-Booster Engine Cutoff (BECO). The automatic sequence allows 3.0 seconds for this phase to make sure the thrust residuals of the booster engine don't make it crash into the separating CSM.
-CSM is separated from the LV by severing and jettisoning the SLA panels, CSM/LV and LM/GSE umbilicals.
-After additional 0.8 seconds automatic direct ullage is activated, so RCS thrusting forward, until the THC is returned to neutral. The CDR would stabilize the spacecraft, if necessary, and use the RCS for additional 20 seconds to get away from the S-II or S-IVB.
-Depending on the abort mode the SPS would be ignited at 2 minutes after the abort.

Sources and more info in the Apollo Operations Handbook, Volume 1, Section 2.9 (Sequential Systems) and Volume II, Section 5.1 (Abort Procedures).

You might be specifically interested in figure 2.9-25 (Adapter Separation System) of the first source. Link for convenience: http://history.nasa.gov/afj/aoh/aoh-v1-2-09-seqsys.pdf
« Last Edit: 03/22/2016 11:41 PM by indy91 »

Offline catdlr

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thought I would include this video for this thread for reference:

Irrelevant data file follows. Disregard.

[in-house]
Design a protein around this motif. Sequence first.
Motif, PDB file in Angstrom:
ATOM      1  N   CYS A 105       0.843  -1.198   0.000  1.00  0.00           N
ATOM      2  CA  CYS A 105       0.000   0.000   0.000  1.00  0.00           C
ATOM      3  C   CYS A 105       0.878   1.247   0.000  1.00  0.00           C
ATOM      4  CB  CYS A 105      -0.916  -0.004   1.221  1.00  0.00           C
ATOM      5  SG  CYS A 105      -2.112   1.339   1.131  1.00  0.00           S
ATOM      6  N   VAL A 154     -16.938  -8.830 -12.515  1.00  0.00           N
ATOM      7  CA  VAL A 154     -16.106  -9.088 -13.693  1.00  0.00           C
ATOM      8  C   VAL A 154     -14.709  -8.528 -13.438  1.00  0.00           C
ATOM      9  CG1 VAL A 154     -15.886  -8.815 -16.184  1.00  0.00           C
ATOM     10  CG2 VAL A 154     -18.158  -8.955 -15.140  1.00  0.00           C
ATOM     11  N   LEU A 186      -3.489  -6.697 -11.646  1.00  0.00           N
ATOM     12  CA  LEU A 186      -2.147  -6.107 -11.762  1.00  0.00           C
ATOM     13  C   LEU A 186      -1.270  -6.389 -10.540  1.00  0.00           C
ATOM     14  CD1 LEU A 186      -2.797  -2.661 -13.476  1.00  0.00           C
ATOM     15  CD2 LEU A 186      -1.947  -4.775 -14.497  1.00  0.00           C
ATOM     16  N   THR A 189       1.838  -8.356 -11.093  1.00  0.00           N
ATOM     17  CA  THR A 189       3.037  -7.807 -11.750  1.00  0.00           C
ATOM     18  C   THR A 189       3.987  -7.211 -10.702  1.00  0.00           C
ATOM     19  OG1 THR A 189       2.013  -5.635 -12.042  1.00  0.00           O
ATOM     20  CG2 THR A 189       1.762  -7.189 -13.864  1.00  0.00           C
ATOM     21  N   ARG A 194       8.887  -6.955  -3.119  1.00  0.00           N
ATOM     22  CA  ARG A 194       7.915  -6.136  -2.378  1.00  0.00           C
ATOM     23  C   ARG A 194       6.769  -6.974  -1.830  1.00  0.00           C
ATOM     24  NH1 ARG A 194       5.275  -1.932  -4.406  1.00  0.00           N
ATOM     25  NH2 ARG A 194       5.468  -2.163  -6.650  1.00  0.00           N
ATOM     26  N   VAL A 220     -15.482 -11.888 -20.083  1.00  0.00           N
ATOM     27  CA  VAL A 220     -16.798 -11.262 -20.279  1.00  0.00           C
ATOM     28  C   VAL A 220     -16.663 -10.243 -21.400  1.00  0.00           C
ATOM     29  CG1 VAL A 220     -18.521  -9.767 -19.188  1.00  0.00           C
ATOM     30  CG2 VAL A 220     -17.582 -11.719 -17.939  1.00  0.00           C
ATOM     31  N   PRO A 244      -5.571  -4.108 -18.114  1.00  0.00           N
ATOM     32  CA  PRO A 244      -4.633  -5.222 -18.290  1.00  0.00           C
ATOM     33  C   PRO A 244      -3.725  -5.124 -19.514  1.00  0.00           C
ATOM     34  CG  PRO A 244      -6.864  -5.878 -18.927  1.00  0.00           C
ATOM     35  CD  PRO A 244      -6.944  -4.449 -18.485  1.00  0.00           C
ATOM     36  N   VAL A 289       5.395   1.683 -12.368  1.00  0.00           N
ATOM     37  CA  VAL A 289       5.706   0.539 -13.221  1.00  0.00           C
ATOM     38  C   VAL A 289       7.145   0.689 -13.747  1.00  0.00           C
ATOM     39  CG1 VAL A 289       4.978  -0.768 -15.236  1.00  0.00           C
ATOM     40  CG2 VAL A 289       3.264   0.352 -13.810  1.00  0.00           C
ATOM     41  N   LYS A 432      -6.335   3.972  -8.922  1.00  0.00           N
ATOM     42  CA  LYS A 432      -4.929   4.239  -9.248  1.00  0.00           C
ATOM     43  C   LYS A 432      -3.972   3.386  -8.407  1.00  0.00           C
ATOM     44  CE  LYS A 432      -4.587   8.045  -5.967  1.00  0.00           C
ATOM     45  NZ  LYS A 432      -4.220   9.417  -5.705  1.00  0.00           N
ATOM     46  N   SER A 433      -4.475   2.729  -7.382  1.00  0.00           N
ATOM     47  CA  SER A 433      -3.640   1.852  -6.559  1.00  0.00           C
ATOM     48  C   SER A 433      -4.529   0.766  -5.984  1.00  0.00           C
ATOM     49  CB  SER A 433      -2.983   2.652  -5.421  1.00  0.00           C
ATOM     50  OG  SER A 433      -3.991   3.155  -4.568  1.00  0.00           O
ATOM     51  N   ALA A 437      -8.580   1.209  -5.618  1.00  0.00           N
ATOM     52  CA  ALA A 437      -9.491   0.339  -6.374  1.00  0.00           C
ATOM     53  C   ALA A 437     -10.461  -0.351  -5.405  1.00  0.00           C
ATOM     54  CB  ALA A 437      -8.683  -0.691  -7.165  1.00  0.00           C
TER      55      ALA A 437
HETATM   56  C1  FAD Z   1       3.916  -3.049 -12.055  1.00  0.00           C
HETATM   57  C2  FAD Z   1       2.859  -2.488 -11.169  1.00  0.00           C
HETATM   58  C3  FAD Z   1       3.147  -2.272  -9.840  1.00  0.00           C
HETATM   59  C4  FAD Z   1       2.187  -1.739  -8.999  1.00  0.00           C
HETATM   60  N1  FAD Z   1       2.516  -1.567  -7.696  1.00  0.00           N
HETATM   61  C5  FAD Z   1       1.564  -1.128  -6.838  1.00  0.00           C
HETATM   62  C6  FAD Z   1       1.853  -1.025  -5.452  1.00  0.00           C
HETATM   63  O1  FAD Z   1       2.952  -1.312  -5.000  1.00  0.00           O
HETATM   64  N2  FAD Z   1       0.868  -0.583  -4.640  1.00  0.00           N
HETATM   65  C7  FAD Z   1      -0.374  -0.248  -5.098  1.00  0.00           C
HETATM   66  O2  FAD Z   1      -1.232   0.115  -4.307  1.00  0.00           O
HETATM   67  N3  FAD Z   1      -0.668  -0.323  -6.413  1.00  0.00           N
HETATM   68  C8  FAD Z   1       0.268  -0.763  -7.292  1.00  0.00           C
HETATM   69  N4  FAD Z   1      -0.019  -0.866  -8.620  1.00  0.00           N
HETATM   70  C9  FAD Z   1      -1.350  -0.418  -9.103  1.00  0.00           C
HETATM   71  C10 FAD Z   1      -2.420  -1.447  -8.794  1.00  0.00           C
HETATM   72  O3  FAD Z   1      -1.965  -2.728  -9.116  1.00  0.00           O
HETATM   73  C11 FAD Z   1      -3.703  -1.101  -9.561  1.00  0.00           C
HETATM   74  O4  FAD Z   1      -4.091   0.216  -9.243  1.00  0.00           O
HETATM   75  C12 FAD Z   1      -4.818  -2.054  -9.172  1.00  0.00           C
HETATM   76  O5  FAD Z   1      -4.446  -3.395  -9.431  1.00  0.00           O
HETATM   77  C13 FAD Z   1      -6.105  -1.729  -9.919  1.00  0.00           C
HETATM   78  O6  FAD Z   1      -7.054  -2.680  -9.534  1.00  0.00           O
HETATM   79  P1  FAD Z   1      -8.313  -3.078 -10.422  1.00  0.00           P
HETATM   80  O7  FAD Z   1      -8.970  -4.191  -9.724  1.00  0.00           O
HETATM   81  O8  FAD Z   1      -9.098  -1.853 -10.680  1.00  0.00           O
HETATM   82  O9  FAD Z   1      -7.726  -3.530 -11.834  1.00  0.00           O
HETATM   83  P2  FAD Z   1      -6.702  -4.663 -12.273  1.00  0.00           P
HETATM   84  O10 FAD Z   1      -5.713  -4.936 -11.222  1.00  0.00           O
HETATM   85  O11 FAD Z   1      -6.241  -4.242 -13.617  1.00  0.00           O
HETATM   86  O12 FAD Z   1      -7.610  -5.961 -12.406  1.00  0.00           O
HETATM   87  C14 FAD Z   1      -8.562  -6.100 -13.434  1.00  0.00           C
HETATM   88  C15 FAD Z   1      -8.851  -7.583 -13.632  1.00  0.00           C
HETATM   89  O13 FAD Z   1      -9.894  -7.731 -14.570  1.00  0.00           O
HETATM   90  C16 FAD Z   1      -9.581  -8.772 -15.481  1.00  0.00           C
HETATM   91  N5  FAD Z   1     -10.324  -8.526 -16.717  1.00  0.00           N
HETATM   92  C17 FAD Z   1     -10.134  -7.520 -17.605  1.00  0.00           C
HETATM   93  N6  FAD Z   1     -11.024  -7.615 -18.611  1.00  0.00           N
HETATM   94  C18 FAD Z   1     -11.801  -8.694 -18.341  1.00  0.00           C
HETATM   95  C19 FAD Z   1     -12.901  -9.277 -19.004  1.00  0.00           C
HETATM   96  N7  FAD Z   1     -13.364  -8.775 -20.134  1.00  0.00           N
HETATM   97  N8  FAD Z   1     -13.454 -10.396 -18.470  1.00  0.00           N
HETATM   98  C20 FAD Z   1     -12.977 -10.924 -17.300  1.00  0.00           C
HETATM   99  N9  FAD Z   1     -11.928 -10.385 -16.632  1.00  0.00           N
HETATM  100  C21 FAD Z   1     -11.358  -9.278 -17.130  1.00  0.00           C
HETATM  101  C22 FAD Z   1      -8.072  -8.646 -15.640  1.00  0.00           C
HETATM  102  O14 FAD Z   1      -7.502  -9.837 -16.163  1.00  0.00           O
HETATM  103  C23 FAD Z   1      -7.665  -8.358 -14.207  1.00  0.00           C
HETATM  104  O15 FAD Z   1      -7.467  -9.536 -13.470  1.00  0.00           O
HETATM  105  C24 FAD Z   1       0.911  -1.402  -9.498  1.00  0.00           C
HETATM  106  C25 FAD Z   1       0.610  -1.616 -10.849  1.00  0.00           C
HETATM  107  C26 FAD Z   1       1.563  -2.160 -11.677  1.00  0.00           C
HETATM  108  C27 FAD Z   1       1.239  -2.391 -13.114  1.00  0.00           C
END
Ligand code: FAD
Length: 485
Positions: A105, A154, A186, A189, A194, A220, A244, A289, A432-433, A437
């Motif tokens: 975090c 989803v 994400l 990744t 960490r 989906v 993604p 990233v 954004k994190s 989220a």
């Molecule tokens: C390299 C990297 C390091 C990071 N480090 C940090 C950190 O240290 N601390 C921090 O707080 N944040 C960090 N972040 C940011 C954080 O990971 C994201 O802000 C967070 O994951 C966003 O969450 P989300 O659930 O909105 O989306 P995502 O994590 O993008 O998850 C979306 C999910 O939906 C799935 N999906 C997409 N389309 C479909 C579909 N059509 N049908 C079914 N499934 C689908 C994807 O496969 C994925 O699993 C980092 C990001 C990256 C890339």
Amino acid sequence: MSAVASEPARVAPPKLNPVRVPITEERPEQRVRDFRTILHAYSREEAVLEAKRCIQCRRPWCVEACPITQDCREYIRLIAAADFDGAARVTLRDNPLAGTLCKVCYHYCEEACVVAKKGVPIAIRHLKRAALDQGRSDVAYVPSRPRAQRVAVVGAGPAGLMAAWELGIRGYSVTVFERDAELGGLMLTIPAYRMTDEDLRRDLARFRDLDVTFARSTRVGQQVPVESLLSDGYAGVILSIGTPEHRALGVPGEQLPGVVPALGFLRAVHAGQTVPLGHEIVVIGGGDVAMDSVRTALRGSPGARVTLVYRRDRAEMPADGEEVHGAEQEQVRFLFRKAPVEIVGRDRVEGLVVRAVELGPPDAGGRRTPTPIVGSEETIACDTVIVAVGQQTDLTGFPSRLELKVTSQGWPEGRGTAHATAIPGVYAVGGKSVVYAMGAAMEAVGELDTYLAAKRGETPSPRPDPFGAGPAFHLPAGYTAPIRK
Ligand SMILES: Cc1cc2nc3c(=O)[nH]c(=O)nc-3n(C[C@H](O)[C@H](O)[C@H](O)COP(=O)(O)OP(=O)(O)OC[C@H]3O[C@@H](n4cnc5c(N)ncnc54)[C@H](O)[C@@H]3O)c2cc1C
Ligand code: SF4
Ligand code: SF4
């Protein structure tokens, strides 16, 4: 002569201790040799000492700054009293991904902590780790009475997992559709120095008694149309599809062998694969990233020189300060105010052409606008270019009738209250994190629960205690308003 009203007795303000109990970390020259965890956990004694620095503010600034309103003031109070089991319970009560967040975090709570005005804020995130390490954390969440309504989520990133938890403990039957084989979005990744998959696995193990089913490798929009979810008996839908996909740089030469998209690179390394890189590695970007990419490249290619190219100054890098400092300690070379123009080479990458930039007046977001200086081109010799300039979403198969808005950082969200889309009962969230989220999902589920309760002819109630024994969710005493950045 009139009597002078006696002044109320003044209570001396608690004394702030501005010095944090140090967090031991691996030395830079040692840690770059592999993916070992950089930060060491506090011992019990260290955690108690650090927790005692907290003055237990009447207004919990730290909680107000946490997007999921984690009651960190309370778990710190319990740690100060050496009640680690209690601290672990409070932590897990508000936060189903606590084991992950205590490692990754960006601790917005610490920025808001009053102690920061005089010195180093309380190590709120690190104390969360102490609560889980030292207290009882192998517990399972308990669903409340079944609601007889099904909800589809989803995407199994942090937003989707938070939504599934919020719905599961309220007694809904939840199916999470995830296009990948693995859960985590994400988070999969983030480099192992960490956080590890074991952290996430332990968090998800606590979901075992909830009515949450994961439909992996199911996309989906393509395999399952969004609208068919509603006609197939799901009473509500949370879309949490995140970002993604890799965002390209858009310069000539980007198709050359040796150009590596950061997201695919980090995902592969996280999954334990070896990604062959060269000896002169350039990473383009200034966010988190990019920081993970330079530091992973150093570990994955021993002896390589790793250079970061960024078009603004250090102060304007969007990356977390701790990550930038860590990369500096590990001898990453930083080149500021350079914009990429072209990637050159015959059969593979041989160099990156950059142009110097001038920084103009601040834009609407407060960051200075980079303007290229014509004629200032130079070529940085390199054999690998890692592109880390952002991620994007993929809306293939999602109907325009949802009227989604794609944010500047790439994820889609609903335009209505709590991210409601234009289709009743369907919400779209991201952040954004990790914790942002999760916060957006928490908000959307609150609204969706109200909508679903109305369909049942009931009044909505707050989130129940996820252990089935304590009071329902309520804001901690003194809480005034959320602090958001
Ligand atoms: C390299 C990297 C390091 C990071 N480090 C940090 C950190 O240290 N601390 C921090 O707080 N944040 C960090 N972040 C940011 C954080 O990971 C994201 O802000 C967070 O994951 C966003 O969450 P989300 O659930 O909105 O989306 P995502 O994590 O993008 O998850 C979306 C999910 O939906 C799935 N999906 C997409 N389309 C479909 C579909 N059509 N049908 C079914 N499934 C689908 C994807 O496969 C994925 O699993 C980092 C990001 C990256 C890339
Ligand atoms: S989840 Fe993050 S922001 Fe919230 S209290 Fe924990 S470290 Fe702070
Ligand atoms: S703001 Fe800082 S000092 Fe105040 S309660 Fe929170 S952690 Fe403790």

Little Joe II SC 002 lanch

Published on Feb 23, 2016
Little Joe II A-004 Apollo SC-002 launch. Two angles. Apollo Launch Escape System test from 1966.



Tony De La Rosa

Offline georgegassaway

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Thanks for the information.

I know I went a sort of long way to get to my actual objective, which was how would a CSM do an abort from an extended cylindrical fairing such as a Little Joe-II would have needed to allow the engine bell vertical length (For a live SM abort test).  If the Block-II Saturn-I’s had ever done it, then the answer would be out there. But since the Block II Saturn-I’s never carried a live SM, then there may not have been the proper cylindrical adapter built for that task.

Lacking any better info, I end up wondering if a cylindrical adapter therefore right have been split into 4 panels, and then such an abort could go as described:

Quote
-CSM is separated from the LV by severing and jettisoning the SLA panels, CSM/LV and LM/GSE umbilicals.